On Saturday, I went with a couple of friends to the Metropolitan Museum of Art, which is stunning. If you haven’t been, you MUST go on your next trip to New York. I actually went twice this week (we went for an hour on Tuesday night but had to go back for a longer stay) and still didn’t see nearly enough. I’m no art connoisseur, but these were a few of my favorite pieces:

This ad encouraging people to buy war bonds in 1918 was printed as a supplement to "Electrical World"

Edgar Degas, "Dancers, Pink and Green" (ca. 1890)

James Ensor, "The Banquet of the Starved" (1915)

It should also be noted that, in the midst of museum-hopping and Pinkberry-eating, the Mariners (1/2 game back in the AL West!!) took two games of three from the mighty Phillies, including a complete game shutout from Jason Vargas. It’s still mind-boggling that the M’s are good this year (knock on wood) so I have to give a shout-out whenever I can.

That’s about it for the weekend – relatively low-key, but a lot of fun. S’pose I should go put my laundry in the washer…I mean, dryer.

(Credit for the black and white Met photo goes to Jonathan Knight of JKNIGHTPHOTO.)

Brooklyn, Skylines and Stalking Liz Lemon

Eight weeks down, two to go.

What?!

Somehow, eight weeks flew by and left me with just two more weeks in New York City. I’d be lying if I said I wasn’t ready to go home, but I’m also sad that time has gone so quickly and am determined to make the most of what remains.

I’ve failed at blogging this past week, so here’s a recap of what’s been going on in the Big Apple:

Last weekend, my dad visited! It was great to spend time and explore the city with him. Our first stop on Friday afternoon was the Museum of Modern Art. It’s not far from where I work, and admission is free after 4 pm on Fridays, so we walked over and looked around for a while after I finished work.

My dad (sporting Oregon State gear, as always) and I at the MoMA

I’m not an art connoisseur by any means, but I really liked seeing Andy Warhol’s Campbell’s Soup Cans in person.

Me with all the Campbell's soup you'd ever want.

We spend most of Saturday exploring Brooklyn’s Park Slope neighborhood, which was awesome. I hadn’t really had the chance to venture into Brooklyn, so exploring it with my dad was a lot of fun. He took a walking tour of Brooklyn back in June when he helped me move in, so he was able to tell me a little bit about the area’s history. One of the area’s most impressive landmarks is the Soldiers’ and Sailors’ Memorial Arch, which commemorates the sacrifice of soldiers and sailors in the Civil War. My dad explained that the statues on the top of the arch are facing south, as if to rub the northern victory in the Confederacy’s face. Awesome.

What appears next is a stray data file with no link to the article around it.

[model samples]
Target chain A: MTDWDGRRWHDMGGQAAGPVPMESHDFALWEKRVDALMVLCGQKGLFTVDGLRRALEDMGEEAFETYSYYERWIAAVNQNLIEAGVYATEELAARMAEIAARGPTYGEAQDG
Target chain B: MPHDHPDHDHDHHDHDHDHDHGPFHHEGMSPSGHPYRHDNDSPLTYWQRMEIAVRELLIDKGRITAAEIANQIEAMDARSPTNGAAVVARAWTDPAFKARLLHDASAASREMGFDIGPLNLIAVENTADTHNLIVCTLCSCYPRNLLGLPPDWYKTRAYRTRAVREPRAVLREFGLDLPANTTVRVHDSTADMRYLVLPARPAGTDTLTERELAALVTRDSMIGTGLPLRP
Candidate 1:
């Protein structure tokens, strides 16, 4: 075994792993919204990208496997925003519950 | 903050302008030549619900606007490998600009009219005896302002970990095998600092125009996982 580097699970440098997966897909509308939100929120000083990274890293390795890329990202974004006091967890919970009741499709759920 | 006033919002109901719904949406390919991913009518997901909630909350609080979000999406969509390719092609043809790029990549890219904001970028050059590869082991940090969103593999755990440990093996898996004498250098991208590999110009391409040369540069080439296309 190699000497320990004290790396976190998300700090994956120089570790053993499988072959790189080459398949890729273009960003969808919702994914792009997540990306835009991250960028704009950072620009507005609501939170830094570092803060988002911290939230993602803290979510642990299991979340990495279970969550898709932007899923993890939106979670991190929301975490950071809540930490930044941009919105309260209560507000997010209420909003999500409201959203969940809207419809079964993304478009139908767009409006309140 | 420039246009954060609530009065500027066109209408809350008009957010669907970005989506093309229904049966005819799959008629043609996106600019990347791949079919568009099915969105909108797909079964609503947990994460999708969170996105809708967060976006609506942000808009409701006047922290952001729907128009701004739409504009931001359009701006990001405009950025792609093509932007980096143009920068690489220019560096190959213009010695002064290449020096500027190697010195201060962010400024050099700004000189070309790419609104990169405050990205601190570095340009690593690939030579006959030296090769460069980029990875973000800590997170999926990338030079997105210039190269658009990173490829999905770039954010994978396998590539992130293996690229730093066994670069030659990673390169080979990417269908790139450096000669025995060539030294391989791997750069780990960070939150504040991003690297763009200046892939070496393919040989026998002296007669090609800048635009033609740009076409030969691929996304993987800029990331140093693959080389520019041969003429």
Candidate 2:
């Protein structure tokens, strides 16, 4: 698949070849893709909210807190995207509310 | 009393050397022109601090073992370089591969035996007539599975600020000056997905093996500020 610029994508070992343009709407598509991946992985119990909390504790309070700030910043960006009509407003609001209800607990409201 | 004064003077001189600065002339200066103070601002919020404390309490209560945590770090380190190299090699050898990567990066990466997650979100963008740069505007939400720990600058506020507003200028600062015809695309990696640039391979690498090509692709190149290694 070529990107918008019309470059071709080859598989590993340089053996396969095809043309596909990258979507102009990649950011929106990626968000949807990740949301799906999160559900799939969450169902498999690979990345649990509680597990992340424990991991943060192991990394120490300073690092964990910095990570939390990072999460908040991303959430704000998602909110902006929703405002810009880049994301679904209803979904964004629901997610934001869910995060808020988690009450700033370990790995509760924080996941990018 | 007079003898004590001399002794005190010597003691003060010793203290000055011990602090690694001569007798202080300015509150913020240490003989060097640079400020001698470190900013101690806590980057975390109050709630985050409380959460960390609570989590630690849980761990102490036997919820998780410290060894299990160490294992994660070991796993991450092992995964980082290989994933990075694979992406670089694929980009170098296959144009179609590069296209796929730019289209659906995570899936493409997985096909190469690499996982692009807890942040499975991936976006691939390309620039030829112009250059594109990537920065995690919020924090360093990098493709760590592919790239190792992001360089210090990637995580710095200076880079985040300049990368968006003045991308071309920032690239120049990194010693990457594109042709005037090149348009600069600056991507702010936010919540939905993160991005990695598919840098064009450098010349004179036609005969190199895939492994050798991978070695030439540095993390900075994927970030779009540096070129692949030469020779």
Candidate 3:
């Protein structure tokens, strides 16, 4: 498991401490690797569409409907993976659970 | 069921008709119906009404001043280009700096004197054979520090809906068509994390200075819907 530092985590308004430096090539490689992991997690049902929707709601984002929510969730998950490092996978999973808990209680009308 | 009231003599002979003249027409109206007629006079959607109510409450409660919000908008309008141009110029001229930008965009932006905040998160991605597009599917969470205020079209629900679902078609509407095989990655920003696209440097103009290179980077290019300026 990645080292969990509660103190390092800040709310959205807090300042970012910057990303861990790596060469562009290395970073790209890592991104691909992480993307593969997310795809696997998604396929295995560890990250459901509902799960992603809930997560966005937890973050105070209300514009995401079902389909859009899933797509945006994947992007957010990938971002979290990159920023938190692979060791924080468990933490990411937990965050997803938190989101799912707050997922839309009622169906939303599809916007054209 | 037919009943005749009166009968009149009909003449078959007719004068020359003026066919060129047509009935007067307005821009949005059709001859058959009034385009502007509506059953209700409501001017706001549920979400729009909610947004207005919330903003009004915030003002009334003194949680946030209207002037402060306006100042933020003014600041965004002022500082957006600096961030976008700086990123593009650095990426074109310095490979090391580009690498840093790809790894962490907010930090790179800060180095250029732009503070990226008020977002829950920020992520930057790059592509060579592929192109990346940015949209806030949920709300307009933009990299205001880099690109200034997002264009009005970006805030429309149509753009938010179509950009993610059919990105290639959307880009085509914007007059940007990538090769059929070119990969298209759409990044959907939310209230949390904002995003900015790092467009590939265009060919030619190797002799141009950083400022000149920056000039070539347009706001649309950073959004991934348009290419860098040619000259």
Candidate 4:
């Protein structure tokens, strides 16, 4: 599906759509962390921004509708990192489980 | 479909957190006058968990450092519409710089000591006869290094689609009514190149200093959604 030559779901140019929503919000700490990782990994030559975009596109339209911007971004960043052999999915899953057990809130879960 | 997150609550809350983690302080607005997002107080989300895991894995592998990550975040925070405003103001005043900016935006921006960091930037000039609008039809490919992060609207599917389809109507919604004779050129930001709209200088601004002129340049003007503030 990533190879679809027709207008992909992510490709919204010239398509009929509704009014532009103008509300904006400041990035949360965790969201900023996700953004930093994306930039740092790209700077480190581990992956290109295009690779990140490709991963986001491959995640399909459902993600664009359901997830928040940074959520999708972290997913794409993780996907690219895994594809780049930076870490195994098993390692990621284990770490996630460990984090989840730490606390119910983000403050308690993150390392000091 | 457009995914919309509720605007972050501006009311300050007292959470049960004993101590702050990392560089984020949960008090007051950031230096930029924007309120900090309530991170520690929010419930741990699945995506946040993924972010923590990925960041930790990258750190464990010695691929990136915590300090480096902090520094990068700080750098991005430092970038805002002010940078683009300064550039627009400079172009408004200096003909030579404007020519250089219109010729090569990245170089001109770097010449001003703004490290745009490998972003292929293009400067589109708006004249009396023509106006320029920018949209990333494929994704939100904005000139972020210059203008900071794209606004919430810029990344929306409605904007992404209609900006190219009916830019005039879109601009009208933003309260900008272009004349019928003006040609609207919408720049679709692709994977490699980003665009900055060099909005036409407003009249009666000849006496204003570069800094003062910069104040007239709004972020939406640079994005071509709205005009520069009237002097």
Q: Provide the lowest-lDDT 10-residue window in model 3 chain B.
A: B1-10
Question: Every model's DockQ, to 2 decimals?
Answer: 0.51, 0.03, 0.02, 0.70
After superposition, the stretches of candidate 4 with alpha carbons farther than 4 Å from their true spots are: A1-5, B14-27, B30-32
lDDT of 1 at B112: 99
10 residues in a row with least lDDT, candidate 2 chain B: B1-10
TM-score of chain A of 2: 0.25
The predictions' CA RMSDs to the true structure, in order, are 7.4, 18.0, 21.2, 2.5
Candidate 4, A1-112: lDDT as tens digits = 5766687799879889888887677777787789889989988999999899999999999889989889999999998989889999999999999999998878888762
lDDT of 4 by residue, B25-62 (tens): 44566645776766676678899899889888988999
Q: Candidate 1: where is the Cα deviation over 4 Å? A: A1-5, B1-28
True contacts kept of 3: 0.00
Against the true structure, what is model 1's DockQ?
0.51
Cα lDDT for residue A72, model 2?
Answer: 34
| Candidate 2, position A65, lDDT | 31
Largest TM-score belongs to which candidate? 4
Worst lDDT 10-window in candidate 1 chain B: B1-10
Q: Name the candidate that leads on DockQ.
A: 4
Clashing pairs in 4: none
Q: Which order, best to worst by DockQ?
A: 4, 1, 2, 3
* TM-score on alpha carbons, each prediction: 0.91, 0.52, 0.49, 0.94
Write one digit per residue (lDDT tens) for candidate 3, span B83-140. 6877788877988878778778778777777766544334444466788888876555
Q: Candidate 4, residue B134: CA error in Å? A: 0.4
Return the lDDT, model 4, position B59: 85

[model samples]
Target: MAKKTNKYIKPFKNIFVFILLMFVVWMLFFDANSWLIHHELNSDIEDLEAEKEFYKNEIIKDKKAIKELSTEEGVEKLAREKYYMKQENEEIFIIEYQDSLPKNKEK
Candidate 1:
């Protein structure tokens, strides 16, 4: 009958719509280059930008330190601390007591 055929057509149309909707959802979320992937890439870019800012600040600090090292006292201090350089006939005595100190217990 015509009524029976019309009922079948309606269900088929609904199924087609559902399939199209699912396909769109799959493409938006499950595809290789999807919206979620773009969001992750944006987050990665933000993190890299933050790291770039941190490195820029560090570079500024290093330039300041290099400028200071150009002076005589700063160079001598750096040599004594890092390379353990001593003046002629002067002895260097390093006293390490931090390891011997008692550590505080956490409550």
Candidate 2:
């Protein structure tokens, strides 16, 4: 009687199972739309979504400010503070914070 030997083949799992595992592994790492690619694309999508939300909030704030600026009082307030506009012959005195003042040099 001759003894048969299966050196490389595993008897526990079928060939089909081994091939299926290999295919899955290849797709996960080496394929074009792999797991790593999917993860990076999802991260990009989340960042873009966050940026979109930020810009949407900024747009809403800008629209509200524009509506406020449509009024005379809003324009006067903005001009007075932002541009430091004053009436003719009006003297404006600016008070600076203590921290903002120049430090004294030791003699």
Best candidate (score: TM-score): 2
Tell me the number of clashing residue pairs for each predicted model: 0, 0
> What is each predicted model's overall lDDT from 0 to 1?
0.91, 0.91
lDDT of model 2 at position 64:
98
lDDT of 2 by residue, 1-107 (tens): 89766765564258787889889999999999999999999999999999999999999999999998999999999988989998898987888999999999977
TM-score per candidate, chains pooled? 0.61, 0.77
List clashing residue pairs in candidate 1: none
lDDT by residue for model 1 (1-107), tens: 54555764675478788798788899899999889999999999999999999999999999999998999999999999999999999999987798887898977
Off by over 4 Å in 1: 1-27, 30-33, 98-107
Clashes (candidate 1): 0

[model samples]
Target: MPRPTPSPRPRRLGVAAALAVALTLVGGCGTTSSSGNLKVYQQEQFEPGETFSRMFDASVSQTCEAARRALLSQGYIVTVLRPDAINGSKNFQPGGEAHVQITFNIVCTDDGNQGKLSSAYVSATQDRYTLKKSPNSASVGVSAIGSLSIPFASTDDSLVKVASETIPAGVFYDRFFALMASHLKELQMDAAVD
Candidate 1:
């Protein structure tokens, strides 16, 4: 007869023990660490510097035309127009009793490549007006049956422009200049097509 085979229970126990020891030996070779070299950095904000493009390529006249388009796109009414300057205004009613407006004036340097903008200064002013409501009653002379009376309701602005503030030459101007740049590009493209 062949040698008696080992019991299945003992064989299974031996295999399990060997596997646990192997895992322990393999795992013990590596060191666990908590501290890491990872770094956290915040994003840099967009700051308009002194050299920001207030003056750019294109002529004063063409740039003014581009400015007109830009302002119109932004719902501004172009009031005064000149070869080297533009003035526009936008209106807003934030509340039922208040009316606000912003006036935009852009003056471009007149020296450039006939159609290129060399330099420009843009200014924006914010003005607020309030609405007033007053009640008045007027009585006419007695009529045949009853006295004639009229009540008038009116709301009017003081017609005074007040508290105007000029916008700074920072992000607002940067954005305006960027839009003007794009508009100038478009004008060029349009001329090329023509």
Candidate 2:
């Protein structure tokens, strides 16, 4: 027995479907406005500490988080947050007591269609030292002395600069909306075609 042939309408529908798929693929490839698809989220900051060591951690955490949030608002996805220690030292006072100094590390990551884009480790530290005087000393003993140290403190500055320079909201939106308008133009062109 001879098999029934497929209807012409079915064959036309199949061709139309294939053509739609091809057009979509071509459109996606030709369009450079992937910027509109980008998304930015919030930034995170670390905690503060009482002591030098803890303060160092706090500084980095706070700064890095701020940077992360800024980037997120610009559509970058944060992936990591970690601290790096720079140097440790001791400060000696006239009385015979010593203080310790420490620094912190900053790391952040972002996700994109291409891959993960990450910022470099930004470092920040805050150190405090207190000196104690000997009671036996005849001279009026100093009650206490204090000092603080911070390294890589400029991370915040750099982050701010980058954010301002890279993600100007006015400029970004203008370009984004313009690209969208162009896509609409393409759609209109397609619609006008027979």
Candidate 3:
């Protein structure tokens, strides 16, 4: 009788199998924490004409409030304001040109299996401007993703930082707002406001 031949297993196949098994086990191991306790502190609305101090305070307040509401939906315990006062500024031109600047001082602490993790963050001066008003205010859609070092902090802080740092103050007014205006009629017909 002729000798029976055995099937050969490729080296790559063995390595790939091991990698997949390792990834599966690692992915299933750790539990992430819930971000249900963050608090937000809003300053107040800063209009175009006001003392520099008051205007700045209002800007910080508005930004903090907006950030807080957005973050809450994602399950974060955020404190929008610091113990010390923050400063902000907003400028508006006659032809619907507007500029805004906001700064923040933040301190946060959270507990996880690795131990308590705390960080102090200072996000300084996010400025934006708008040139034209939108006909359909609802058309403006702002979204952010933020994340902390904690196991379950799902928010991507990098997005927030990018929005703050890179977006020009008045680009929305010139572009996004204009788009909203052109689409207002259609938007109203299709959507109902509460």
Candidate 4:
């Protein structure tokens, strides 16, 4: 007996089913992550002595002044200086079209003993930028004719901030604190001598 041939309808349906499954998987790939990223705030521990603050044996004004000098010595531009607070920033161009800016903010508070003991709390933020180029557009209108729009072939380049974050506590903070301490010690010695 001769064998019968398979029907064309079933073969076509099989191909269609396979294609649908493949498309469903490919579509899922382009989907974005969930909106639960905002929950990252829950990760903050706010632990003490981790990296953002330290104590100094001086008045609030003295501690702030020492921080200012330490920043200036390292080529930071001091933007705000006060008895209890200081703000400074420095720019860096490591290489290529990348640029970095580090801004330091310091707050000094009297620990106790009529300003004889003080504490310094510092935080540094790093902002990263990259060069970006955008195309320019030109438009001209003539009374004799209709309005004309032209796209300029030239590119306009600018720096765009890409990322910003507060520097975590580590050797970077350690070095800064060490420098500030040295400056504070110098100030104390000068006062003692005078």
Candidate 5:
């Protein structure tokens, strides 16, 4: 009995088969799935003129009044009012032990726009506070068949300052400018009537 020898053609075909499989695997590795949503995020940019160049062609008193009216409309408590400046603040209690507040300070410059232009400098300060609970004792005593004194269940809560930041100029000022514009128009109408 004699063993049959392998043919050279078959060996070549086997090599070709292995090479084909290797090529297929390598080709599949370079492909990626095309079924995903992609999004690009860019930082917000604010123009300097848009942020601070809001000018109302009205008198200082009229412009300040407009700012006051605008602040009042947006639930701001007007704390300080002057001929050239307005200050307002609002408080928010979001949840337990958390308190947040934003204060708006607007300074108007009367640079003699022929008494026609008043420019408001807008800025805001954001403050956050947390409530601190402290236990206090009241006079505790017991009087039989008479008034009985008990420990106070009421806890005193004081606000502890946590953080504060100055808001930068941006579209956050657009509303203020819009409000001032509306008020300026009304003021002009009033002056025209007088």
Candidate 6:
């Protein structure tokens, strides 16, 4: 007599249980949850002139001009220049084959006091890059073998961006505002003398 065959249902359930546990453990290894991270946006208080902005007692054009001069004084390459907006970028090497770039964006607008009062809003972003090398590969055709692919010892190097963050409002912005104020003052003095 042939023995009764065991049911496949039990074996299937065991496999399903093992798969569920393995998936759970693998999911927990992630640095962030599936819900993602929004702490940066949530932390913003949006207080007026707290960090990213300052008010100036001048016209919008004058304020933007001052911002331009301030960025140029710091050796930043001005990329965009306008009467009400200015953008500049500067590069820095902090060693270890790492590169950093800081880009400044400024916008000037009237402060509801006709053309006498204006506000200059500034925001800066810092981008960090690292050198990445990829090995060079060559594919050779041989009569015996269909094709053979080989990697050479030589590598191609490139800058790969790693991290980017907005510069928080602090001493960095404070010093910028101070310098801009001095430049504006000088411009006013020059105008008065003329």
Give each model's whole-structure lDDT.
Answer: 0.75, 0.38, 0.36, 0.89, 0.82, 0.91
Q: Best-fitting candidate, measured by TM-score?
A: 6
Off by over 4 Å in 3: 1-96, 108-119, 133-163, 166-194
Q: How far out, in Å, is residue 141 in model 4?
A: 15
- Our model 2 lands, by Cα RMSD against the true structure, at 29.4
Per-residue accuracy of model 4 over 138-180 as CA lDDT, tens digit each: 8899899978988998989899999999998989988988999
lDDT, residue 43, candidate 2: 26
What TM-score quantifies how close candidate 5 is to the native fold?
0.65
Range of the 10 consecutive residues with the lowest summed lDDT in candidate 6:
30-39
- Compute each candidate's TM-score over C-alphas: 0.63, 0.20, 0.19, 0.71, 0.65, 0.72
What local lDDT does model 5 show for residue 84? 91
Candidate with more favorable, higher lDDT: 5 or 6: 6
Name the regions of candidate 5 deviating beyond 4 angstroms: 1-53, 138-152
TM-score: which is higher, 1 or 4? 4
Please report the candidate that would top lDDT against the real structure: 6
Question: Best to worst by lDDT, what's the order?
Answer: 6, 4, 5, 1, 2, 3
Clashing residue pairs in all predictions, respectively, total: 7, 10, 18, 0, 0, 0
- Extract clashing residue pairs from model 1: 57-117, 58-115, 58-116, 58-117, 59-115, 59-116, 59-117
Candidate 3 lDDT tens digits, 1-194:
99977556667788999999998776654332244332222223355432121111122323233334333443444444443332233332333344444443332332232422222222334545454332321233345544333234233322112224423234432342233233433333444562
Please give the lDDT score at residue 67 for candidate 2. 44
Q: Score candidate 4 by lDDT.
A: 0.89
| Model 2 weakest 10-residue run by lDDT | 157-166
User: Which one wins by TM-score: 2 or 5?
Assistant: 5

The arch in Park Slope. Statues of Lincoln and Grant on horseback are on the inside.

We also walked around Prospect Park, looked at some cool hipster clothing stores (I guess that was mostly just me) and explored the neighborhood, which mainly consists of old brownstone homes. These houses are beautiful and historic – I have long-term plans to live in one of them.

Brooklyn's brownstones; a far cry from the apartments of busy Manhattan.

I think I’ve picked this one as my future home…52 Berkely Place:

A pink brownstone in Park Slope. I'll take it.

My dad and I also explored Chelsea Market, took the Staten Island Ferry and went for an exhilarating run (sense sarcasm) along the Hudson River. All in all, a great weekend with my padre in the big city!

I know this post is all about what I did on the weekends and not really about what I’m doing at work; I’m still loving my internship, but there aren’t really any great pictures and the stories aren’t as exciting. Unless you count the conversation I had with the guy in the cubicle behind me about the possibility of a Liz Lemon-Jack Donaghy relationship on 30 Rock. Turns out he loves Tina Fey, too.

Friday night, some friends and I treated ourselves to ice cream from Brooklyn Ice Cream Factory, a cute little place that’s under the Brooklyn Bridge. There’s an observation-deck-esque platform next to the shop that gives you an expansive, breathtaking view of the city.

Looking out at the skyline, I had a serious New York City “moment.” No, Frank Sinatra did not come back from the dead and serenade me in the moonlight, but I could see the Statue of Liberty, lower Manhattan, the Brooklyn and Manhattan Bridges and the Empire State Building. Someone was even playing Frank’s “New York, New York” in the background. It sounds cheesy, but I took a minute to just stand there and take it all in. The city never looked better and I felt like a true New Yorker, at least for a moment.

And even though it’s not the same as being there, I took a video of the whole expanse with my camera so you could get a little taste of the view (you also get a taste of my mad zoom in – zoom out skills):

If you’re still reading this novella, you’re almost to the best part. Okay, it might not be as great as the shimmering lights of the New York City skyline, but if you’re a total nerd like me, it’s close.

Yesterday, I had the morning and afternoon free so I decided to explore the Upper West Side, a neighborhood I hadn’t really been to yet. I’m sure a lot of famous people live there, but the most famous of all is my hero, head writer of The Girlie Show and 30 Rock main character Liz Lemon. (Yes, my hero is a fictional character.)

Many 30 Rock episodes feature scenes in Liz’s apartment, and the shot shown before each apartment scene is the outside of an apartment building at 160 Riverside Drive, on the Upper West Side. As sad as it is, I actually looked up directions to the apartment on my phone while I was walking and took a little stroll past Liz’s place. I didn’t go right up to it and take pictures for fear of looking like a total lunatic, but I did grab a good shot: